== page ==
Only four women pianists have recorded complete cycles of the Beethoven piano sonatas: Maria Grinberg, Annie Fischer, H. J. Lim and Mari Kodama. I’ve written before about the chain-smoking ‘Ashtray Annie’ Fischer: she was a true poet of the piano and her Beethoven sonatas are remarkably penetrating — as, alas, is the sound of her beaten-up Bösendorfer. Lim produced her cycle in a hurry when she was just 24; it’s engaging but breathless. Kodama’s set, just completed, is a bit polite.
Which leaves Maria Grinberg (1908–78), whose recordings remain just where the Soviet authorities wanted them. In obscurity. That is shameful — and not because she was the first woman and the first Russian to record all the sonatas. (In those days Jews from Odessa in Ukraine counted as Russians.) This is an unforgettable cycle. Unforgettable, that is, in the unlikely event that you’ve heard it.
Grinberg’s insights linger in the mind even if you don’t particularly like what she’s doing. In the finale of the Moonlight, for example, the chords at the top of the arpeggios would drown out a tractor factory. But elsewhere in the movement the treble melts away to reveal the ingenuity below the stave.
That’s a Grinberg hallmark. She balances voices to shift the listener’s perspective. I kept hearing dotted rhythms and crossed hands that I’d failed to pick up in other performances. The lower octaves ring out with unusual clarity. Perhaps that’s something to do with the fact that, as a young woman, Grinberg lost her state-funded job as a pianist and worked as an orchestral timpanist.
No one communicated better the polyphonic sweetness of late Beethoven. Listen to the mini-motet that precedes the final storm in the fugue of the Hammerklavier. Grinberg plays it with glowing serenity; for a moment we could be in the Sistine Chapel.
Why is she forgotten? Her problem wasn’t just that she was Jewish but, from the point of view of the authorities, that she was the wrong sort of Jew. Her father and husband had been executed by Stalin as enemies of the state. The shadow never lifted.
Admittedly, there was really no such thing as the right sort of Jew in the Soviet Union. If Jews had to be anything, then the authorities were reasonably happy for them to be musicians. Like the Nazis, the Soviets used top-flight orchestras as tools of propaganda. Unlike them, they couldn’t maintain standards of performance without Jews.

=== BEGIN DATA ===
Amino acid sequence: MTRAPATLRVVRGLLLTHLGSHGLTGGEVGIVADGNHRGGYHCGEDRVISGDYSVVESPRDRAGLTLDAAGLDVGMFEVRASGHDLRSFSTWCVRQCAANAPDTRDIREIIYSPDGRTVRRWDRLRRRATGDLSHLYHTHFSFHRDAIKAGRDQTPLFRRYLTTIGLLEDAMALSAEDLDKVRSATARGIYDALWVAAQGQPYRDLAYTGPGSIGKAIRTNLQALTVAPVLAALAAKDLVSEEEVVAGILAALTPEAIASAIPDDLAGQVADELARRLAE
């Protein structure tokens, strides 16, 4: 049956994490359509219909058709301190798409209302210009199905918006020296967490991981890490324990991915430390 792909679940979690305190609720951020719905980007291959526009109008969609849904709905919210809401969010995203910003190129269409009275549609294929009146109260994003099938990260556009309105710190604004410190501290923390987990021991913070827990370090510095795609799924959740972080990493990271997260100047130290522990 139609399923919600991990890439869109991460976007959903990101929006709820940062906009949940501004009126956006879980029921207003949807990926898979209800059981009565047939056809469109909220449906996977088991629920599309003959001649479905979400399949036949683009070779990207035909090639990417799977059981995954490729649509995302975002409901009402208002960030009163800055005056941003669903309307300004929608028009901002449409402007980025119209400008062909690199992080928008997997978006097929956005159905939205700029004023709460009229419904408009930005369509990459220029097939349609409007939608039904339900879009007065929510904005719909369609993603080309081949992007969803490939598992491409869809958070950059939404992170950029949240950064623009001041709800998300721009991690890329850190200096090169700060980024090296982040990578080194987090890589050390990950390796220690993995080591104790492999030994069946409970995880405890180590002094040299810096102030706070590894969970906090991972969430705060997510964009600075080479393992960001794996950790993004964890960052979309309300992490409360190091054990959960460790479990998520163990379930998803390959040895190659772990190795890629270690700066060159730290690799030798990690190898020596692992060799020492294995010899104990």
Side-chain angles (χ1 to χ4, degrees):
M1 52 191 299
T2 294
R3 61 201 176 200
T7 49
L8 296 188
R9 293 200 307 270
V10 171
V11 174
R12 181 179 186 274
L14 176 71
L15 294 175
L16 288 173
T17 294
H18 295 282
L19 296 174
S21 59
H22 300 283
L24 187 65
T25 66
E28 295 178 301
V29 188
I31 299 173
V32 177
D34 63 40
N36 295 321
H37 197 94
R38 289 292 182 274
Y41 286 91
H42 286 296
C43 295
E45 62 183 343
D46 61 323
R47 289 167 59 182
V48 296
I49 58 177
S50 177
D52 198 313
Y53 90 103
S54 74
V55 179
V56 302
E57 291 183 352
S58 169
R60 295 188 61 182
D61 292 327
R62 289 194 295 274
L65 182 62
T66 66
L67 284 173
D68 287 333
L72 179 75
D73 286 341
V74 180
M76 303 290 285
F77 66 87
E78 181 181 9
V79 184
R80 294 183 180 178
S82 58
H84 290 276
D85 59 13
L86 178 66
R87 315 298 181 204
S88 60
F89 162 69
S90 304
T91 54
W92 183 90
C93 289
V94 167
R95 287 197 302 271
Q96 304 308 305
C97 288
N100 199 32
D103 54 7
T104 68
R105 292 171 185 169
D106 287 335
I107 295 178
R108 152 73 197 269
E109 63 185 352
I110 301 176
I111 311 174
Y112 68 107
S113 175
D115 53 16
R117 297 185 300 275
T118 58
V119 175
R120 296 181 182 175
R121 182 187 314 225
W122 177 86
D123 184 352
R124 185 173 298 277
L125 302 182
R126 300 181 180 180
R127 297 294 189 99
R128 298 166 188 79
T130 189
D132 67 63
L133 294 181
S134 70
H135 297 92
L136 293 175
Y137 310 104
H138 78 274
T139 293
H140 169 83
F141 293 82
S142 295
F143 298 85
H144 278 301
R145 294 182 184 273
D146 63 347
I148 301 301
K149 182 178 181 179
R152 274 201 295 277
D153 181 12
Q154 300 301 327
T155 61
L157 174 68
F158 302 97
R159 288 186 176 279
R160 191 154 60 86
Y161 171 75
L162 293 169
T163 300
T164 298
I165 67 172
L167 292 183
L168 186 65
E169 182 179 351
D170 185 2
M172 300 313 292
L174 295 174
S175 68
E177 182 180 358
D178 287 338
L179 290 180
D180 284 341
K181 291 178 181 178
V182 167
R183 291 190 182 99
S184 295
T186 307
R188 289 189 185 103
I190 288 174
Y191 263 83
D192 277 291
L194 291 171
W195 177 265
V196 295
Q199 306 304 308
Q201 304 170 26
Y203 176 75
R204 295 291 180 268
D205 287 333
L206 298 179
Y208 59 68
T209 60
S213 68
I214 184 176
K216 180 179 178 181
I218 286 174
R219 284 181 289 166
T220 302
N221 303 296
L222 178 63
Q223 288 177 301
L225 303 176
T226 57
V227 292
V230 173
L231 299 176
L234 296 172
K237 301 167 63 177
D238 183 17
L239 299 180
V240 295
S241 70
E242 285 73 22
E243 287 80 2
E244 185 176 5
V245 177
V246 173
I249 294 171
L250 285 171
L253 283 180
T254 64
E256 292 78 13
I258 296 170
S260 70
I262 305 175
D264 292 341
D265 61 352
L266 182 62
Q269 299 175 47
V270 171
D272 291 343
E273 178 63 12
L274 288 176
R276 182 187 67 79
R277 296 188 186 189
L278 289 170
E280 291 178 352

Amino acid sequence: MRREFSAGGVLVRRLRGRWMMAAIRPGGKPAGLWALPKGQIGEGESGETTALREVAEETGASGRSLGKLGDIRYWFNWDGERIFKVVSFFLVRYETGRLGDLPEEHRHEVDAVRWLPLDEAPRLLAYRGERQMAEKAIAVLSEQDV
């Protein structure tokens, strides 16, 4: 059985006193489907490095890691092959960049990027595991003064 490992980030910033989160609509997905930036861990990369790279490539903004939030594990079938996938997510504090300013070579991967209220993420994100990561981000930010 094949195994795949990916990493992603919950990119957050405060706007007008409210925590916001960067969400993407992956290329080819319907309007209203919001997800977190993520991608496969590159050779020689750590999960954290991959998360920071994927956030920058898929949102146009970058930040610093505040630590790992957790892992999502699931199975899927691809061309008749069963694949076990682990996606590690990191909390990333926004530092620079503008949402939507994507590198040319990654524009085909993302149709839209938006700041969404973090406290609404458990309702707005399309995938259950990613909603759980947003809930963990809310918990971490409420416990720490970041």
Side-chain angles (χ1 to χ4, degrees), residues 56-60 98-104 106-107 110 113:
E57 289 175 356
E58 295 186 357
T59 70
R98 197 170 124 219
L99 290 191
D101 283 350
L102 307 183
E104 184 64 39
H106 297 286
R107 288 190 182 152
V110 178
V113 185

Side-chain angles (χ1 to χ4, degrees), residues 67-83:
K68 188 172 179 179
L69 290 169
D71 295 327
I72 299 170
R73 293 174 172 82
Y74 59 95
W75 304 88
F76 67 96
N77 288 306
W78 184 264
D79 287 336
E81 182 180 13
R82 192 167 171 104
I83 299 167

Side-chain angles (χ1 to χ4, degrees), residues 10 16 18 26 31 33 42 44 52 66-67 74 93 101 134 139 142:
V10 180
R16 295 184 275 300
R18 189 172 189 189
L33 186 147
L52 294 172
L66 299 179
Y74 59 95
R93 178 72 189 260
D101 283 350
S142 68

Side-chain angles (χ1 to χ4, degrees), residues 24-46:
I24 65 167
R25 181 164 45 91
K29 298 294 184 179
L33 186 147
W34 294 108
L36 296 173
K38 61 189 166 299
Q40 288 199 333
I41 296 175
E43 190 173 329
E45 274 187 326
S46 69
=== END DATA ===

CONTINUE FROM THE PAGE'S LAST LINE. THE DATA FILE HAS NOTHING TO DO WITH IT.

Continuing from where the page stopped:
Nearly half the professional musicians in Russia were Jewish, as were an even higher proportion of virtuoso soloists, including the violinists David Oistrakh and Leonid Kogan, the pianists Emil Gilels and Lazar Berman and the cellist Daniil Shafran. When they travelled abroad they were watched by the KGB. (Well, maybe not Kogan: as Norman Lebrecht revealed in The Spectator, but his Wiki entry fails to mention, he was a Soviet spook who kept tabs on his brother-in-law Gilels.)
The Kremlin could never forget that it had lost Vladimir Horowitz and Jascha Heifetz, both Russian Jews who dazzled from the United States. When Berman’s international career was at its height, he was suddenly banished to the provinces (but he defected anyway). Even the mighty Gilels was kept at home if the Soviet Union was sulking about what it always called ‘Israeli aggression’.
The model Jewish virtuoso left Russia to win a big international competition, coming straight back after attracting headlines that mentioned his citizenship but not his background. Few things annoyed the Soviets more than references to Russian-Jewish identity; every other ethnic group was expected to parade its musical heritage, but Jews did so at their peril. No klezmer encores, please, and no Hebrew melodies in compositions. The non-Jewish Shostakovich was playing with fire when he ignored Russian folk traditions and returned obsessively to melancholy Jewish ones.
This ridiculous cat-and-mouse game was played at every level, though with varying degrees of cruelty. Sometimes the logic was hard to follow, and especially so in the case of Maria Grinberg.
Her historic Beethoven LPs were produced by the state label Melodiya, yet when they appeared in 1970 the Soviet press wrote not a word abut them. Towards the end of her life she was allowed to give a handful of concerts in the Netherlands, but that was it. When she died, aged 69, the authorities couldn’t decide whether she should be honoured or ignored. They settled for a mixture of both.
Perhaps her mistake was failing to criticise Israel, which several more celebrated Jewish musicians were arm-twisted into doing. On the contrary: in 1967, when ‘aggressive’ Israel humiliated its Soviet-allied neighbours, Maria Israelyevna Grinberg took to introducing herself as ‘Maria Aggressorovna’.
Not until 2012 did Melodiya get round to issuing Grinberg’s Beethoven sonatas as a CD boxed set. It has already disappeared from Amazon. Some things don’t change. Fortunately they found their way on to Spotify, and many other recordings — including an exultant Brahms First Piano Concerto — have surfaced on YouTube. Is it too much to hope that the internet will finally lift her out of the shadows?
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